Mark Thurner

Office: 360 Grinter Hall
Phone: (352) 392-4672
Fax : (352) 392-6927
Email: mthurner@history.ufl.edu
Website: http://florida.academia.edu/MarkThurner
Mailing address:
Department of History
University of Florida
P.O. Box 117320
Gainesville, FL 32611-7320

Professor Mark Thurner received his Ph.D. in 1993 in Anthropology and History from the University of Wisconsin-Madison, his M.A. in 1987 from the University of Wisconsin-Madison, and his B.A. with honors in 1981 from Beloit College. He joined the University of Florida Department of History in 1993 after teaching World History at the City College of New York. His books include El nombre del abismo: meditaciones sobre la historia de la historia (Instituto de Estudios Peruanos, 2012), History’s Peru: The Poetics of Colonial and Postcolonial Historiography (University Press of Florida, 2011), Republicanos Andinos (Instituto de Estudios Peruanos, 2006), Sebastian Lorente: Escritos fundacionales de historia peruana (Universidad Nacional Mayor de San Marcos, 2005), After Spanish Rule: Postcolonial Predicaments of the Americas (Duke, 2003), and From Two Republics to One Divided: Contradictions of Postcolonial Nationmaking in Andean Peru (Duke 1997). He has recently taught graduate seminars in Postcolonial Theory, Postcolonial Spanish American History, and Historiography, and upper division courses on Museums, Nationalism, Revolution, and the history of the Andes and Mexico. He also teaches general surveys of modern Latin American history.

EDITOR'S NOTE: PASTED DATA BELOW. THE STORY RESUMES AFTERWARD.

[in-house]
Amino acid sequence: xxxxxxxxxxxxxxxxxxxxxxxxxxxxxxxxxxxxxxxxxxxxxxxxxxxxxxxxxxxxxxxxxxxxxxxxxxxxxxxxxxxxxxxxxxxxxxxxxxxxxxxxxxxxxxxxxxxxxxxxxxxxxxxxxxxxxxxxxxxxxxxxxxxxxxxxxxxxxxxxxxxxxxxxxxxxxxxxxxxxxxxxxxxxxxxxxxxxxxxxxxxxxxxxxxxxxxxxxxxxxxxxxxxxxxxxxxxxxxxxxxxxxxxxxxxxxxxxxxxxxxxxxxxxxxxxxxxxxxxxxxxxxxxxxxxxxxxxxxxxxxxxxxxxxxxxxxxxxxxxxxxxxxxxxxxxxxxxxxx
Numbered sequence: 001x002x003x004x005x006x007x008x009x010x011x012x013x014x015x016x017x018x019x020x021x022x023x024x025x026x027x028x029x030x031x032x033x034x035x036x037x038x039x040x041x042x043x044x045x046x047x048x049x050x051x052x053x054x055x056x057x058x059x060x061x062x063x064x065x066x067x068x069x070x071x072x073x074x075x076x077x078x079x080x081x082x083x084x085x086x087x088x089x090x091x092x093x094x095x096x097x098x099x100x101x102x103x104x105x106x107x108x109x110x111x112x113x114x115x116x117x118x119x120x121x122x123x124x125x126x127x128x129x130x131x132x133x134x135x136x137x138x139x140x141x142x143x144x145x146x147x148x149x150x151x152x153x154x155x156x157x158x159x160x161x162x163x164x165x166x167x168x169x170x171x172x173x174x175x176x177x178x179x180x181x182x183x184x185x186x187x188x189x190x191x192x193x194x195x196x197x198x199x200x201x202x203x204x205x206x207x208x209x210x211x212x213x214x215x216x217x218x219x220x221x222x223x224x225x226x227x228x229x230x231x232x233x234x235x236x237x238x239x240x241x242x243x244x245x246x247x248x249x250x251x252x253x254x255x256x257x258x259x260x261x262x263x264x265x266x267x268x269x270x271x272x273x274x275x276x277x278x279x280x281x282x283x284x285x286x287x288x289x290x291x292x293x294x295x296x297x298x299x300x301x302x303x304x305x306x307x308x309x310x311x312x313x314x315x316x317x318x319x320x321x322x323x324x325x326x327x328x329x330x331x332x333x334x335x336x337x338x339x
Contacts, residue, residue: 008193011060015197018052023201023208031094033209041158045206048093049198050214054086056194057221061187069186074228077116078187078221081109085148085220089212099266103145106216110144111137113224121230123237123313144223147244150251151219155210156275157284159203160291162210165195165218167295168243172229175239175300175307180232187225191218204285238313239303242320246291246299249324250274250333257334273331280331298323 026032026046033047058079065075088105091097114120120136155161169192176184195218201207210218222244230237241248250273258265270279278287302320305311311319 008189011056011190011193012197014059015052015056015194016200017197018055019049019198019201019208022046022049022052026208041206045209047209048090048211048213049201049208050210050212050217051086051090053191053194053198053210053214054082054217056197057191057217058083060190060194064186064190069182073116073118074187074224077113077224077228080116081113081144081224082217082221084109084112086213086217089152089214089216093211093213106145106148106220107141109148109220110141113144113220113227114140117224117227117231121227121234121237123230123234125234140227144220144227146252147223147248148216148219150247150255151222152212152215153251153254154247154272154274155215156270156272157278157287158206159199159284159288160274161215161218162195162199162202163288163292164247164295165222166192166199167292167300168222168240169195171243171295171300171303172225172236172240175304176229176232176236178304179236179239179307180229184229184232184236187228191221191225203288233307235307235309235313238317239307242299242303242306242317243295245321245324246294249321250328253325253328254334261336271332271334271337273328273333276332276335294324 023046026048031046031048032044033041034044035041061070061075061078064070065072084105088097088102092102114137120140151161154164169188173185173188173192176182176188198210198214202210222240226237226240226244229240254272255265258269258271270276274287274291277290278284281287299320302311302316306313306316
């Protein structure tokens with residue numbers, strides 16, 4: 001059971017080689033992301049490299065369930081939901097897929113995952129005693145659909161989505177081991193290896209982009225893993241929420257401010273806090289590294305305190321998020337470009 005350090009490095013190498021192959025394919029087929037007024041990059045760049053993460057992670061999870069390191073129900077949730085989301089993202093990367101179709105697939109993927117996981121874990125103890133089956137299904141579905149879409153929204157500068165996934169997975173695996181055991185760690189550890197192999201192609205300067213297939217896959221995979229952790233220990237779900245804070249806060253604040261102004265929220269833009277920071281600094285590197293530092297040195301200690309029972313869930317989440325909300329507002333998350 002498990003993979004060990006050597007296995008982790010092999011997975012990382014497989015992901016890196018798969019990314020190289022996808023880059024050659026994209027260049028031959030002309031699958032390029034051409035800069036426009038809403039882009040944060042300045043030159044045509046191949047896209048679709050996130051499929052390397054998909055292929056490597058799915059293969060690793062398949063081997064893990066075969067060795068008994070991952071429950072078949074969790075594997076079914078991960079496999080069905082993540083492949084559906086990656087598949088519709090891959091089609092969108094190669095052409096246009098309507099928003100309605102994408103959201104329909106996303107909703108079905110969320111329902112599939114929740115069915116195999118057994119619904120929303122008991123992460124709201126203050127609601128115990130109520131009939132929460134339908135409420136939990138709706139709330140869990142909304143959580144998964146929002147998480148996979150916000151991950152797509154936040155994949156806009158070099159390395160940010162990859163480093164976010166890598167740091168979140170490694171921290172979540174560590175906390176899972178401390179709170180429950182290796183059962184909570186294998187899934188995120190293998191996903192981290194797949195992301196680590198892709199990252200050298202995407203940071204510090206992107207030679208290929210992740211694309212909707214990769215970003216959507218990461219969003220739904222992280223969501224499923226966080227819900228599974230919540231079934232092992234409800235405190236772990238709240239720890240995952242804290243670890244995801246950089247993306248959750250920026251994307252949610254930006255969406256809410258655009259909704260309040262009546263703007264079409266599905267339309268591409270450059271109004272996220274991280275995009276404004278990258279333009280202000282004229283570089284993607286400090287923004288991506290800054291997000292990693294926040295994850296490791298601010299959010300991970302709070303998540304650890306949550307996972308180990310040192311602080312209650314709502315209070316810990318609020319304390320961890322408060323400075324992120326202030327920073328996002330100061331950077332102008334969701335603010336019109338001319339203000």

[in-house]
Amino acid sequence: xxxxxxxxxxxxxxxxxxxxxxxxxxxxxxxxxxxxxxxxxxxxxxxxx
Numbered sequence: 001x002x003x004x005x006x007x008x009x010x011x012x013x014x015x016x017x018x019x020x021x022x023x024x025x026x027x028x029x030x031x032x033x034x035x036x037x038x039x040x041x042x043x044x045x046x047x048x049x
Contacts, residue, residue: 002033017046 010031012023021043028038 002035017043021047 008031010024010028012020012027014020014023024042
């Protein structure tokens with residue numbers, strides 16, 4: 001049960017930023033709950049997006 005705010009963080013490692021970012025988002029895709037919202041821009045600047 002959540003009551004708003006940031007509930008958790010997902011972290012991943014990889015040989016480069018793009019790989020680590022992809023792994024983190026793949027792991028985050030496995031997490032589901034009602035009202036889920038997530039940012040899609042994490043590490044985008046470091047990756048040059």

Professor Thurner was awarded the Department of History’s Norman Wilensky Award for excellence in graduate teaching. He is the recipient of prestigious extramural grants and fellowships, including the Fulbright-Hays Faculty Research Abroad Award (twice), a Center for New World Comparative Studies Fellowship at the John Carter Brown Library, a Mendel Fellowship at the Lilly Library, conference grants from the Center for the Humanities and the Public Sphere and the Wenner-Gren Foundation for Anthropological Research, the Advanced Research Grant from the Social Science Research Council, the International Dissertation Research Grant from the Social Science Research Council and the American Council of Learned Societies, and other awards and prizes.

Professor Thurner has been instrumental in the development of the World History curriculum in the Department, and he is an active affiliate of the University’s Center for Latin American Studies, and a graduate professor in the Anthropology Department.

Professor Thurner is currently engaged in two major research and writing projects in global history, on the history of the museum and the history of historiography, respectively.